The only problem was, how to move from the 200 GB drive to the 160 GB?  I did not want to spend another couple of weeks reinstalling applications and tweaking the system to my liking.  But then I remembered CompletePC backup.  All I had to do, I reasoned, was to do a CompletePC backup of my laptop with the 200 GB drive to an external USB hard disk that I had lying around.  Then I'd swap the 200 GB drive for the empty 160 GB, boot the laptop from the Vista Install DVD, and do a CompletePC restore.  The restore could handle the mildly-different reality of a different hard disk, and the laptop would be up and running again.

The restore failed, however, despite numerous tries.  I'll spare you the details, but here's what I finally got out of Microsoft's product support people.  Apparently CompletePC will not restore to a volume that is smaller than the one that the backup was taken from, even if that volume has sufficient space to accept the restore.  More specifically, I had a 200 GB volume of which I was using just 50 GB.  I wanted to restore the backup of that volume to a 160 GB volume and CompletePC refused to do that, despite the fact that 50 GB would easily fit into a 160 GB volume. 

Moral of the story:  CompletePC's nice, but when you're upgrading or restoring, be very sure that you're restoring onto a volume that is greater than or equal to the size of the old volume.  Ugh.  I've not tested it, but I'd be willing to bet that Acronis's TrueImage Workstation product -- which has done something very CompletePC-ish for years -- would have solved the problem, albeit for about $90.

CompletePC Trick:  Backing Up To a Network Drive

But hey, I'm a forgiving person and I have made a solemn vow to myself and my computer that should I ever need to replace it, I will accept no hard disks smaller than 160 GB, regardless of their speed, so at this point I'm ready for CompletePC.  But where to do my backups?  I certainly could just buy an external hard disk, but they're not the most reliable things in the world.  Ah, but wait... what about my network?  My servers are all nicely backed up; I wonder if I can just map a drive and do a CompletePC backup to that drive?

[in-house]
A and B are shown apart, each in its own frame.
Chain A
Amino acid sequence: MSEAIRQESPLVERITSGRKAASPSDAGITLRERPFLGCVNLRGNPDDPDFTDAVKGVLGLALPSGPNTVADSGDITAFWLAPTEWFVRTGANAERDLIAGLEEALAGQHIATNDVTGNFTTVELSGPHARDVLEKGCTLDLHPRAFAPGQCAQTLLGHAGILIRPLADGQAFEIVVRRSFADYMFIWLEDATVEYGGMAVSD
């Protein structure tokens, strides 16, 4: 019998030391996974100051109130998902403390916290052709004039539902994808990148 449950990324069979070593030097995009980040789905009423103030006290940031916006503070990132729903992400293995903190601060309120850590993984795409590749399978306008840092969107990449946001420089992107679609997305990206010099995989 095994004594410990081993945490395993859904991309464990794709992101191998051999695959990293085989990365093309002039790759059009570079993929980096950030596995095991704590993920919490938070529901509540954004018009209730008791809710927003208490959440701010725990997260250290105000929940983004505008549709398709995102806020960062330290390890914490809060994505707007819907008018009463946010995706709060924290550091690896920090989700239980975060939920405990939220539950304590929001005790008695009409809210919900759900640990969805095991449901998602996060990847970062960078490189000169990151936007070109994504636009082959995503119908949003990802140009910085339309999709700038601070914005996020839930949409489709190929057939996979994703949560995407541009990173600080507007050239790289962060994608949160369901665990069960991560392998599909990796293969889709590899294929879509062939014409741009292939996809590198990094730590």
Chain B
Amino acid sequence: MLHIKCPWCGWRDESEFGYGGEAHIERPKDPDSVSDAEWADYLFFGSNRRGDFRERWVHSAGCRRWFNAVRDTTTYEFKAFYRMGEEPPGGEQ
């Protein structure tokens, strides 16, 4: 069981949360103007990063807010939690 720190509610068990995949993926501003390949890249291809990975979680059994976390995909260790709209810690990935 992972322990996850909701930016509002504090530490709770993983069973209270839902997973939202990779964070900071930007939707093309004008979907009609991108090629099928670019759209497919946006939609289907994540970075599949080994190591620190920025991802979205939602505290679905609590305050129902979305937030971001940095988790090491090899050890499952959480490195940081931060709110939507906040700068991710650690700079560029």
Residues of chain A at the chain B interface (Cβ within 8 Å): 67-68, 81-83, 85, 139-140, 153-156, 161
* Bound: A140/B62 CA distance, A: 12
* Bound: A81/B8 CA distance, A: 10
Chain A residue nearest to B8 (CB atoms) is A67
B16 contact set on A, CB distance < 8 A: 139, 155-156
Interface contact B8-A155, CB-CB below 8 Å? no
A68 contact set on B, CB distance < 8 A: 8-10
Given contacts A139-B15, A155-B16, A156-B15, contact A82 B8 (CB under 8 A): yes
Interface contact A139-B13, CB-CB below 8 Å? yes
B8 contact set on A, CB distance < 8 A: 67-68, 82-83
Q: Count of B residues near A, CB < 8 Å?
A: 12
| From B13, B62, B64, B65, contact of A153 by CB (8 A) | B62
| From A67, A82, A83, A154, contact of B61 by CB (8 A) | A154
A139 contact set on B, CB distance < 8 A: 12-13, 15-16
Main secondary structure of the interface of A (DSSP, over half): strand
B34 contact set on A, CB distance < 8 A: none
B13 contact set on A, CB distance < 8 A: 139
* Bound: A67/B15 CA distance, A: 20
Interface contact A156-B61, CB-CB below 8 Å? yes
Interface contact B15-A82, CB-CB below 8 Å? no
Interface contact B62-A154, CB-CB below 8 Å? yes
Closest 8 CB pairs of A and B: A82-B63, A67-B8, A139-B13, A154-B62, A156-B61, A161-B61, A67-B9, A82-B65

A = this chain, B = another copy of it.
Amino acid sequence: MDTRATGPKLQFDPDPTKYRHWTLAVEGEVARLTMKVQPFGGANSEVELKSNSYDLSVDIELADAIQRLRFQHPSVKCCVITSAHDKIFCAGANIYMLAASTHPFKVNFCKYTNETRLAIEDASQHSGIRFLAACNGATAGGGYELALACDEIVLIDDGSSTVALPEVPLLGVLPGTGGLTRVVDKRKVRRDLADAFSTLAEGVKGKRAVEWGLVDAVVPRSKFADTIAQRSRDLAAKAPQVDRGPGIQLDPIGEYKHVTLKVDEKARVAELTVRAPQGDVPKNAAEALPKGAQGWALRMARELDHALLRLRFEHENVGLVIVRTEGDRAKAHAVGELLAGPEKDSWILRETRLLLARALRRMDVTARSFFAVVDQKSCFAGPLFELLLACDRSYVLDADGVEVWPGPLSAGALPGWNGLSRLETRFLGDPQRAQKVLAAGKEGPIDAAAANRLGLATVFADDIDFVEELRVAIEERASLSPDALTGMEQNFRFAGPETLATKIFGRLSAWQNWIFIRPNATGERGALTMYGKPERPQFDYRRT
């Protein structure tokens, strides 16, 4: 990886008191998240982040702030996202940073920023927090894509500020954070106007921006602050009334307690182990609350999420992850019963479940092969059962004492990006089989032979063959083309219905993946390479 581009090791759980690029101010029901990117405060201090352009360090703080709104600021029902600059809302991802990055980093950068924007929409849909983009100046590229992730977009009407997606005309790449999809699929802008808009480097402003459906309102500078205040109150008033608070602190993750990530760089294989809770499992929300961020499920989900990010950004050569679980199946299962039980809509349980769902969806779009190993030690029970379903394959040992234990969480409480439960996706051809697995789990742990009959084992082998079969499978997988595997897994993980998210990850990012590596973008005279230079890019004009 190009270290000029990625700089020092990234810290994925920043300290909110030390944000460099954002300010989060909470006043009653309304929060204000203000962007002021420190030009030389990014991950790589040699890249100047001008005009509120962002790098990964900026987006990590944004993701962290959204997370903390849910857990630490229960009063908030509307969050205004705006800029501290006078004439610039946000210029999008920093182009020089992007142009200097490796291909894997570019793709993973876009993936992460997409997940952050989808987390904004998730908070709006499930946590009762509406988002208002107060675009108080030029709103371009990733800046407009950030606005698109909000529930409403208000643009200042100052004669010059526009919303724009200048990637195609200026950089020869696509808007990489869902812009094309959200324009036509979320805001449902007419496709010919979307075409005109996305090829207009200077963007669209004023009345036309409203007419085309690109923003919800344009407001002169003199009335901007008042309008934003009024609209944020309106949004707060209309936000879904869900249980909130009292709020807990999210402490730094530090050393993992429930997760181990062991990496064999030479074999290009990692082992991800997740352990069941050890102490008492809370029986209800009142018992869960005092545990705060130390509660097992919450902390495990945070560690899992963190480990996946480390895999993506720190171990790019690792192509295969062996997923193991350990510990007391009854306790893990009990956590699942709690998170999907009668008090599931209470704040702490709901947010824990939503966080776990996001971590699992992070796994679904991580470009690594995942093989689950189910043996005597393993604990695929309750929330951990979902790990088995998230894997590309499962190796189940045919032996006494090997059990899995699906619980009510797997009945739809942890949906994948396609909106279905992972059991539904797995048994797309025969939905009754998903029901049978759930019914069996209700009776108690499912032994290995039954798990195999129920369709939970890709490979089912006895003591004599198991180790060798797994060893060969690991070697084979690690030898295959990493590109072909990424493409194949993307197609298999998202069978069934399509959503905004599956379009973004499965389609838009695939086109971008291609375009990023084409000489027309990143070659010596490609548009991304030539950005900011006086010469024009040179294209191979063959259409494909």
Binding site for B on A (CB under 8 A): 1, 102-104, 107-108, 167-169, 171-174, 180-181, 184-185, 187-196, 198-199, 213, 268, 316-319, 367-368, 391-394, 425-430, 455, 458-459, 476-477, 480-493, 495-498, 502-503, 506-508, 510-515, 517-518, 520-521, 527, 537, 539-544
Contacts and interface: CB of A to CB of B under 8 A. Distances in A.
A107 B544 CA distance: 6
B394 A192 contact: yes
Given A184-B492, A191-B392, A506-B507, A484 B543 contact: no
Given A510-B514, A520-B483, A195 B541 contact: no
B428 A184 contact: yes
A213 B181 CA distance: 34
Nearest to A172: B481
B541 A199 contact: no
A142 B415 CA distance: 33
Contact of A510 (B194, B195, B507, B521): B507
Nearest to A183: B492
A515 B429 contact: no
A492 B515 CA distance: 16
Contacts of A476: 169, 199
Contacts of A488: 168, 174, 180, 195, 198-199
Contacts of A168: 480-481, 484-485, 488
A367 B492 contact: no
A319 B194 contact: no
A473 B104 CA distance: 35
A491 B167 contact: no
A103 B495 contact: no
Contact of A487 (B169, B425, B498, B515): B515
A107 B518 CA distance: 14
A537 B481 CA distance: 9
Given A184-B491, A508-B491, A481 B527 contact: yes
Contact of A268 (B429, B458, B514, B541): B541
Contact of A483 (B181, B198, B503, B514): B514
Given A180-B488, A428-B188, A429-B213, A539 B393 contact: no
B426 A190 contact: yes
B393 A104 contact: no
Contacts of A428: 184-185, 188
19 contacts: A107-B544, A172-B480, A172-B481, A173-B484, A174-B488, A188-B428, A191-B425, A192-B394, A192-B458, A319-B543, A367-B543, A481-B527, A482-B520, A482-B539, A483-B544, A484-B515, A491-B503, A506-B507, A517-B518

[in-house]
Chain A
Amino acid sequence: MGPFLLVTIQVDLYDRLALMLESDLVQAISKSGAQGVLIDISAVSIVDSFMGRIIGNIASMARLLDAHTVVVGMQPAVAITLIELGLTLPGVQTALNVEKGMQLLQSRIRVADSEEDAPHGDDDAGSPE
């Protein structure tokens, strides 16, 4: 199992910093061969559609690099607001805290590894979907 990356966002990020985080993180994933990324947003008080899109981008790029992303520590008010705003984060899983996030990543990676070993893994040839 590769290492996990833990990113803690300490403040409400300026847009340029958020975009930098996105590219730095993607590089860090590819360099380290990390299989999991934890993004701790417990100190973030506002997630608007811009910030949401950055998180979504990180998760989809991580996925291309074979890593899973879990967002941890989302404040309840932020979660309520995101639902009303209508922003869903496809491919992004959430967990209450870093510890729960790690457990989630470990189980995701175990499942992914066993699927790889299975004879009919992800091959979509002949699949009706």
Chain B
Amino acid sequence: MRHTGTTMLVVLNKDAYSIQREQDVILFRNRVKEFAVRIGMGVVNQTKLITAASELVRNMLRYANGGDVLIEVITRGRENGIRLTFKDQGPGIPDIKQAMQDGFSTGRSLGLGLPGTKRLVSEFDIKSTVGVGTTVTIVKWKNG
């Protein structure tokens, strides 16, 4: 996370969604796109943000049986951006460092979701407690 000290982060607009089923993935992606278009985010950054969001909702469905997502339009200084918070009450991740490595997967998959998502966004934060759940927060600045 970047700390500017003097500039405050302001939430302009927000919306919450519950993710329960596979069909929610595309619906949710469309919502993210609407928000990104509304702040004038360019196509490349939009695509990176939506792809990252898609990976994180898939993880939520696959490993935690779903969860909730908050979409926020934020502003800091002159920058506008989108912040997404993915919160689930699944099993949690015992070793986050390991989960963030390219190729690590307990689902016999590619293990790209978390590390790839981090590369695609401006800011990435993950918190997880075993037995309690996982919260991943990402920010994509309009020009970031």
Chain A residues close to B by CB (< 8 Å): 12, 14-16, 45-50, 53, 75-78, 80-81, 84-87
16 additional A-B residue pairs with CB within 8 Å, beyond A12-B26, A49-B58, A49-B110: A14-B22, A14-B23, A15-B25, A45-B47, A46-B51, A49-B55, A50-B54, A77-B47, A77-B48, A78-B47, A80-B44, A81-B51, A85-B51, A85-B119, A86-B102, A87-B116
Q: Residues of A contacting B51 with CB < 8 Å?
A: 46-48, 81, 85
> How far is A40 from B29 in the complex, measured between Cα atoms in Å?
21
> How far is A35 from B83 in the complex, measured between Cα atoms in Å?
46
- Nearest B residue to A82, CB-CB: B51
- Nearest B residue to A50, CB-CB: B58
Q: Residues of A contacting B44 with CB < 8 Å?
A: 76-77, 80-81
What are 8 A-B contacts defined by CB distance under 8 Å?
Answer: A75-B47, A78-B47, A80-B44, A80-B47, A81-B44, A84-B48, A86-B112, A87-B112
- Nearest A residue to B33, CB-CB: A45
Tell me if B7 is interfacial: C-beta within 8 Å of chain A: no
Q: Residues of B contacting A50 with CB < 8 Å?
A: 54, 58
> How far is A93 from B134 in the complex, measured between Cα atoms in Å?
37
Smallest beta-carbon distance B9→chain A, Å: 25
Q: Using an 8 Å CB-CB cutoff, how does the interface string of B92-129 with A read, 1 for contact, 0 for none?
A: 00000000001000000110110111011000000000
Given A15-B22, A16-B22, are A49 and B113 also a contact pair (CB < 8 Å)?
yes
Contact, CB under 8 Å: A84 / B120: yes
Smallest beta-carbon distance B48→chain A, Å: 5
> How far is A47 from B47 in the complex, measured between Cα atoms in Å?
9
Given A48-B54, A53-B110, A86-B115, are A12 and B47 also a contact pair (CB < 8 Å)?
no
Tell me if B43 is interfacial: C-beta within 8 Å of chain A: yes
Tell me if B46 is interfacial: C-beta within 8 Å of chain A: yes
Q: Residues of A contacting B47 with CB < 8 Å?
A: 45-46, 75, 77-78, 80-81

So I mapped a drive to J: and started CompletePC from the GUI.  The GUI offered to let me back up to my DVD drive, or an external USB drive attached to my computer... but J: was nowhere to be found.  Bummer.

I wasn't about to let CompletePC beat me twice, however.  As it turns out, it's got a command-line interface wbadmin.exe, and wbadmin.exe apparently didn't get the "we don't back up to a network drive" memo.  Wbadmin's syntax looks like

wbadmin start backup -backuptarget:wheretobackup -include:drivetobackup1;drivetobackup2... -quiet

So, for example, to back up drives C: and D: to drive K:, you'd type

wbadmin start backup -backuptarget:k: -include:c:;d: -quiet

And that works fine, even if K: is a mapped drive.  In fact wbadmin will take UNC paths, like

wbadmin start backup -backuptarget:\\servr1\share1\backups -include:c:;d: -quiet

Notice that you cannot specify a folder if you specify a drive letter; you can't use the option "-backuptarget:f:\mybaks," but you can specify a folder when using an UNC path.  Notice also that having command-line control lets you easily schedule automatic backups with the Task Scheduler or schtasks.exe.

If You Use Roaming Profiles, Get Ready For Some Pain

This Vystery falls in the category of "huh?"

My assistant Jean uses roaming profiles on her XP box.  Our intranet's pretty fast, so the time that it takes to read or write profiles from/to the file server at logon or logoff time isn't too bad and, again, there's the benefit of knowing that if something goes wrong with her computer, then her settings and the like are safe.  A few weeks ago, I decided to move her from her five-year-old XP box to a shiny new Vista-ready box.  So I got Vista Business up and running, joined it to the domain, and logged on with her account...

... only to find that she had a blank new desktop.  For some reason, her domain account had, all of a sudden, acquired a completely flat face.  (No profile.  Get it?)

A bit of research revealed this fact, which for some reason I hadn't stumbled on before:  Vista cannot read nor use XP roaming profiles.  Apparently Vista is soooo different that it only recognizes its own roaming profiles, and in fact signifies a Vista roaming profile by adding ".v2" to its folder name, so that for example when I logged off Jean's account, I found that the share on the server that holds roaming profiles now had a folder named "Jean.v2."  Well, I thought, two can play at that game, and so I copied her old XP roaming profile folder to a folder named Jean.v2, matched the permissions on the profile folder that Vista created, and logged on.  Vista almost took the bait... almost.  It thought about it for a while, and then bluescreened.